The FGF1 subfamily of Fibroblast Growth Factors was the first of the FGFs to be isolated and identified around 1975 by Gospodarowicz and company. This subfamily is often called the “prototypical” FGF, comprised of 3 coding exons and exon 1 comprising the initiation methionine (Ornitz 2001). Prototypical, however, does not necessarily mean “ancestral”. Itoh and Ornitz (Itoh 2008) described a likely evolutionary tree, starting with an FGF13-like growth factor which eventually evolved into the 22 proteins we have today.

While considered paracrine FGFs, neither FGF1 nor FGF2 are typically secreted by the cell nor do they have N-terminal hydrophobic sequences (Itoh 2011). It is possible that they are released from damaged cells or some other exocytotic mechanism. It has also been reported that these growth factors can be directly translocated to the nucleus and act in an intracine manner (Antoine, 1997). The structure of the FGF1 mRNA is considered to be the least complicated of all the FGFs because not only does is it missing the signal sequence, but the open reading frame is flanked by termination codons. In contrast, FGF2 does not have the flanking codons and instead contains multiple alternative upstream CUG start sites for translation (Jackson, 1992).

The physiological roles of FGF1 and FGF2 are still not clearly understood. Null phenotypic mice are still viable and fertile and appear completely normal (although FGF2 knockout mice tend to have a decreased vascular tone and recover slower from ischaemic heart injury) (Itoh, 2011). FGF1 and FGF2 are involved in the promotion of endothelial cell proliferation as well as the in the organizing of endothelial cells into tube-like structures, promoting blood vessel growth. FGF1 has even been shown in induce angiogenesis in heart tissue in after coronary disease (Stegman, 2000). In addition, FGF1 and FGF2 seem to be involved in the regulation of synaptic plasticity and processes attributed to learning and memory in the hippocampus (Zechel, 2010).

FGF1 is also known to repair nerve injury, enabling functional regeneration of transected spinal cords in rats (Cheng, 1996) and also restored some function to paralyzed limbs of a 6-month old boy suffering from brachial plexus avulsion (Lin, 2005). FGF2 is one of the most potent regulators of human embryonic stem cell (hESC) self renewal and is an essential component of most culture media used to maintain their pleuripotency.

There is a great deal of cross-reactivity between different species of FGF1 or FGF2, with greater than 96% amino acid homology for both growth factors between mice, humans and rats. At Gold Bio, we’re committed to providing you the best source of these recombinant proteins! For more questions about these growth factors or any of our other products, you can email us at techsupport@goldbio.com.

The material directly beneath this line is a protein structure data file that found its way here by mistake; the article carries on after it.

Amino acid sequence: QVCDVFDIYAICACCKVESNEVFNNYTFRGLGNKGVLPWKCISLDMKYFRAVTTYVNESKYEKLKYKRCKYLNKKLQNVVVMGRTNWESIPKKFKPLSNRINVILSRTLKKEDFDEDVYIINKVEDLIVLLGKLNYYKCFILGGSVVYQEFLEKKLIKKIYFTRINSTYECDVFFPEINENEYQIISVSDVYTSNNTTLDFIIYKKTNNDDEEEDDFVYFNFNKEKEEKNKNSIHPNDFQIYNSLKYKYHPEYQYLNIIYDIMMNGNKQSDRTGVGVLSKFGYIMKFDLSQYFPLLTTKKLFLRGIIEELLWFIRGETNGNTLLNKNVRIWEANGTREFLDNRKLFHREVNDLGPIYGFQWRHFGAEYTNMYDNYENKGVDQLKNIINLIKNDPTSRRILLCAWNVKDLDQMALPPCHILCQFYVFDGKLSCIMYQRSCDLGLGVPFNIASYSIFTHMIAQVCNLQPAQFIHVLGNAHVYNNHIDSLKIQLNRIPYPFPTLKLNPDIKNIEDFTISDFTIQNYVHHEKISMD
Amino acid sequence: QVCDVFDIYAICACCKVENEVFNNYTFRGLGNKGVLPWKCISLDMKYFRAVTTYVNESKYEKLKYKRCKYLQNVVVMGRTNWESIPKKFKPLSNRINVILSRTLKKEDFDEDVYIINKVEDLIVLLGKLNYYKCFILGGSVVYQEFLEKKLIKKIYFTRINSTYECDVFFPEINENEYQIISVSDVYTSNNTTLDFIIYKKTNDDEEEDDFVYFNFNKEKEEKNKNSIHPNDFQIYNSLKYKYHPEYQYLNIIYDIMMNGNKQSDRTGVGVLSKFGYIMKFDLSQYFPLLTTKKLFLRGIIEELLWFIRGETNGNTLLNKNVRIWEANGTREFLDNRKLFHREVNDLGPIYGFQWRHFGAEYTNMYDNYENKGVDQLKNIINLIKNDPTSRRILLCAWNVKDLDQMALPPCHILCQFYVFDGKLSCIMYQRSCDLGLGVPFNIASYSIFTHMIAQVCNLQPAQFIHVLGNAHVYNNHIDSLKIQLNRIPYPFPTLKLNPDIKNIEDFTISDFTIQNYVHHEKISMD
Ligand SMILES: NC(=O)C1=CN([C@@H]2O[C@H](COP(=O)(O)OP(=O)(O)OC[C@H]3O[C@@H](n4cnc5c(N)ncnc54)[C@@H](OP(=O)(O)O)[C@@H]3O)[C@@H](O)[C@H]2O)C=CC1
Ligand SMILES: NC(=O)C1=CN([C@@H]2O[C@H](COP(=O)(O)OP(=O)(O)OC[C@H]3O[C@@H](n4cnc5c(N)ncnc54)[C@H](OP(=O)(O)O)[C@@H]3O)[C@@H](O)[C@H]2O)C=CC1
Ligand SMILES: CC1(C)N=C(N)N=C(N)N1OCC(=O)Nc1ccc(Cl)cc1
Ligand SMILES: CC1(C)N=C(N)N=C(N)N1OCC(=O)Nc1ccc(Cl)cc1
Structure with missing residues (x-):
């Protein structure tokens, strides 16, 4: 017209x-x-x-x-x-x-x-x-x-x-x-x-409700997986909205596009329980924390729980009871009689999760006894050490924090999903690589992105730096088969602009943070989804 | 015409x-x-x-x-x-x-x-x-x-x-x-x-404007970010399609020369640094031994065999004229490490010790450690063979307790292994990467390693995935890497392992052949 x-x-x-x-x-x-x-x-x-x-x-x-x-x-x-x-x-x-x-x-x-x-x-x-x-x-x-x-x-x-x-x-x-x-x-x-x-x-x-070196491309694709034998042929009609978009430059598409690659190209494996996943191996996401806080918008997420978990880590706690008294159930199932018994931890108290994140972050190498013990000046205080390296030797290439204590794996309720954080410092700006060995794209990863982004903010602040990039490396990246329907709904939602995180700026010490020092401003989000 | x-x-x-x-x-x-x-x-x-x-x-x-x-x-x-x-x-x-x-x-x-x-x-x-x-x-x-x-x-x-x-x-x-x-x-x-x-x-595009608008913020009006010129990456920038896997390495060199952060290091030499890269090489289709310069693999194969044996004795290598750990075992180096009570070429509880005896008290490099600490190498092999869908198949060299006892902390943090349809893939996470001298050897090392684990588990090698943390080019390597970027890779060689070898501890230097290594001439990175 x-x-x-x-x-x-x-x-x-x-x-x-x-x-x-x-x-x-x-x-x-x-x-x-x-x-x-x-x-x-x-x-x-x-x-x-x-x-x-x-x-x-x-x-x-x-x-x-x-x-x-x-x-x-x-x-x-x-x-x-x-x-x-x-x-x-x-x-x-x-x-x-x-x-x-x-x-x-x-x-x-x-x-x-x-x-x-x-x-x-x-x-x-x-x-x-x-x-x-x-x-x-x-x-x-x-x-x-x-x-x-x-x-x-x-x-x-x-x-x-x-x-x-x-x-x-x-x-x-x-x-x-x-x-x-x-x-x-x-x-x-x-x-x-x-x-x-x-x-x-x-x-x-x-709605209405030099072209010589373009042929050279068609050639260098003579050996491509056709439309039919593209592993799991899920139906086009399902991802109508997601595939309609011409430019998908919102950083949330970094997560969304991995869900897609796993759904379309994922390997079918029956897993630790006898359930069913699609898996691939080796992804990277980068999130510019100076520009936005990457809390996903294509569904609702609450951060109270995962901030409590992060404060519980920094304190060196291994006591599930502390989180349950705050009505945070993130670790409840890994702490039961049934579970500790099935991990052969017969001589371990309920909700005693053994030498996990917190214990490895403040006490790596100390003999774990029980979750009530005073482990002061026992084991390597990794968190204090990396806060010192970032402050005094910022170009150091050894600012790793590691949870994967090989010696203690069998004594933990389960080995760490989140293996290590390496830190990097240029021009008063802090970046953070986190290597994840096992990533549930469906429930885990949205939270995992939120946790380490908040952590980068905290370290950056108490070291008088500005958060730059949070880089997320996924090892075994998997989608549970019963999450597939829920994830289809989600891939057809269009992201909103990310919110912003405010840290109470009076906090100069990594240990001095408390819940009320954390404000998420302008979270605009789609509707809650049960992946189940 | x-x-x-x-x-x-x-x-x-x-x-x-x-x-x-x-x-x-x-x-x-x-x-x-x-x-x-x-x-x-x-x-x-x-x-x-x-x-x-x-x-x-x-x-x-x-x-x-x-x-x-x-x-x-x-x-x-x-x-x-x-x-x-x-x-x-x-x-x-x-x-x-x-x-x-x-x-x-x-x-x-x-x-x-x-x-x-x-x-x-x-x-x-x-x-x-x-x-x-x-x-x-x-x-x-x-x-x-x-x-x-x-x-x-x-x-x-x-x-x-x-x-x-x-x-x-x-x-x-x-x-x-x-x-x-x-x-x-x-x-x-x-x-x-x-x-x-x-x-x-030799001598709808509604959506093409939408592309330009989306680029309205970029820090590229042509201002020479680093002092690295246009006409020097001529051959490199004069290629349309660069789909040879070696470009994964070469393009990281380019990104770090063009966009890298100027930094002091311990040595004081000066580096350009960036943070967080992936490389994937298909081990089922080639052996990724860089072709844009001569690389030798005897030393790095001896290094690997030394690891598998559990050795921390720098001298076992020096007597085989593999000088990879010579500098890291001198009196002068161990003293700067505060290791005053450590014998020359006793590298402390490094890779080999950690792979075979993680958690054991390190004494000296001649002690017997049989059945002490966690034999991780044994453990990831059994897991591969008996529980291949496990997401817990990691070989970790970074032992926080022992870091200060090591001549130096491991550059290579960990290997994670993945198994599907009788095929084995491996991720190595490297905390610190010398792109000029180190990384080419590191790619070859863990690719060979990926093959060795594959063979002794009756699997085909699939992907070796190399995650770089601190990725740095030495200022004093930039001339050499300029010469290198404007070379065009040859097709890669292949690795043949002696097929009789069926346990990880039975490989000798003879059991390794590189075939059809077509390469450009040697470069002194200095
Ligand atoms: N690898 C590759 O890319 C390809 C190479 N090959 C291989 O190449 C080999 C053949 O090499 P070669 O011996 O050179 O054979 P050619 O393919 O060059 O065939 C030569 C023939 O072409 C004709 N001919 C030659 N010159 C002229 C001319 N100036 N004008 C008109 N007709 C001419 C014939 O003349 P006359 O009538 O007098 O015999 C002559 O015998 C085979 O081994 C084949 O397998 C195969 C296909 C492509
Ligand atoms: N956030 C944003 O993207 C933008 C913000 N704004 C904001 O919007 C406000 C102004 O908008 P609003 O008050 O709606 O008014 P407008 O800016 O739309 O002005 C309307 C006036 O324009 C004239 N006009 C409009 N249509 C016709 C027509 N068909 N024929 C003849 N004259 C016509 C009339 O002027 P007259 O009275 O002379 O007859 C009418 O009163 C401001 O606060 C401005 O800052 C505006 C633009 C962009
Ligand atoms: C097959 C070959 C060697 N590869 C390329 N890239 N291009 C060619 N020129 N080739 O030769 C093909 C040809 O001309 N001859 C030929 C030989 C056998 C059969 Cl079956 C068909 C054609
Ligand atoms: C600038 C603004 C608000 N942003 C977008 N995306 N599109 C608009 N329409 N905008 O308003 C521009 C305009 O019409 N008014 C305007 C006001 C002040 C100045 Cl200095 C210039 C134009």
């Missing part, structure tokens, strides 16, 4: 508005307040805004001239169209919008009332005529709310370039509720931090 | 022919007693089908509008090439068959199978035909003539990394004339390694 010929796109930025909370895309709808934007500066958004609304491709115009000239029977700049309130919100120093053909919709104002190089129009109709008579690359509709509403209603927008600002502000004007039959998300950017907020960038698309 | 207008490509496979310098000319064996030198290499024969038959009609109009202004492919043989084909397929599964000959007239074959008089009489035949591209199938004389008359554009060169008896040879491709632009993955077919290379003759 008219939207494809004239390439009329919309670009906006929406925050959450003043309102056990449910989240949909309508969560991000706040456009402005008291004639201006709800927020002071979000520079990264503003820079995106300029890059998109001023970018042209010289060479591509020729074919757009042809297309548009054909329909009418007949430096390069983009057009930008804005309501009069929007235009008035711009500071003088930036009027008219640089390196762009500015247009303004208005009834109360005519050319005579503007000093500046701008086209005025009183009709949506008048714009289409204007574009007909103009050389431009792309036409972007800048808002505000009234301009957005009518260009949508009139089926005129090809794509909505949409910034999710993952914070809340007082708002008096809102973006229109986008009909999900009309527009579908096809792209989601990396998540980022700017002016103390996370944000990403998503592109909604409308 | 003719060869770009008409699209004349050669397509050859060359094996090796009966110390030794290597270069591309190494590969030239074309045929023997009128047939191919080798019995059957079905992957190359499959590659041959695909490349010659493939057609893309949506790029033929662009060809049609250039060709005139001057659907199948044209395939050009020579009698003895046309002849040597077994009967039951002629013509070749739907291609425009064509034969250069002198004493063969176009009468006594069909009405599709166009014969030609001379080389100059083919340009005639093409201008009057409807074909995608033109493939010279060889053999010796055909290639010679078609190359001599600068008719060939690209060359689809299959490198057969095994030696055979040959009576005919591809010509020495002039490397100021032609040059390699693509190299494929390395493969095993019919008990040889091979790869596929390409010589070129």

Ornitz DM. and Itoh, N. (2001). "Fibroblast growth factors". Genome Biol. 2 (3): REVIEWS 3005.

Itoh, N., & Ornitz, D. M. (2008). Functional evolutionary history of the mouse Fgf gene family. Developmental Dynamics, 237(1), 18-27.

Itoh, N., & Ornitz, D. M. (2011). Fibroblast growth factors: from molecular evolution to roles in development, metabolism and disease. Journal of biochemistry, 149(2), 121-130.

Antoine, M., Reimers, K., Dickson, C., and Kiefer, P. (1997) Fibroblast growth factor 3, a protein with dual subcellular localization, is targeted to the nucleus and nucleolus by the concerted action of two nuclear localization signals and a nucleolar retention signal. J. Biol. Chem. 272, 29475_2981

Stegmann, T. J., Hoppert, T., Schneider, A., Gemeinhardt, S., Köcher, M., Ibing, R., & Strupp, G. (2000). Induction of myocardial neoangiogenesis by human growth factors. A new therapeutic approach in coronary heart disease]. Herz, 25(6), 589.

Zechel S, Werner S, Unsicker K, von Bohlen und Halbach O. 2010. Expression and functions of fibroblast growth factor 2 (FGF-2) in hippocampal formation. Neuroscientist 16: 357-373.

Cheng, H., Cao, Y., & Olson, L. (1996). Spinal cord repair in adult paraplegic rats: partial restoration of hind limb function. Science, 273(5274), 510-513.

Lin, P. H., Cheng, H., Huang, W. C., & Chuang, T. Y. (2005). Spinal cord implantation with acidic fibroblast growth factor as a treatment for root avulsion in obstetric brachial plexus palsy. Journal of the Chinese Medical Association, 68(8), 392-396.

Jackson, A., Friedman, S., Zhan, X., Engleka, K. A., Forough, R., & Maciag, T. (1992). Heat shock induces the release of fibroblast growth factor 1 from NIH 3T3 cells. Proceedings of the National Academy of Sciences, 89(22), 10691-10695.

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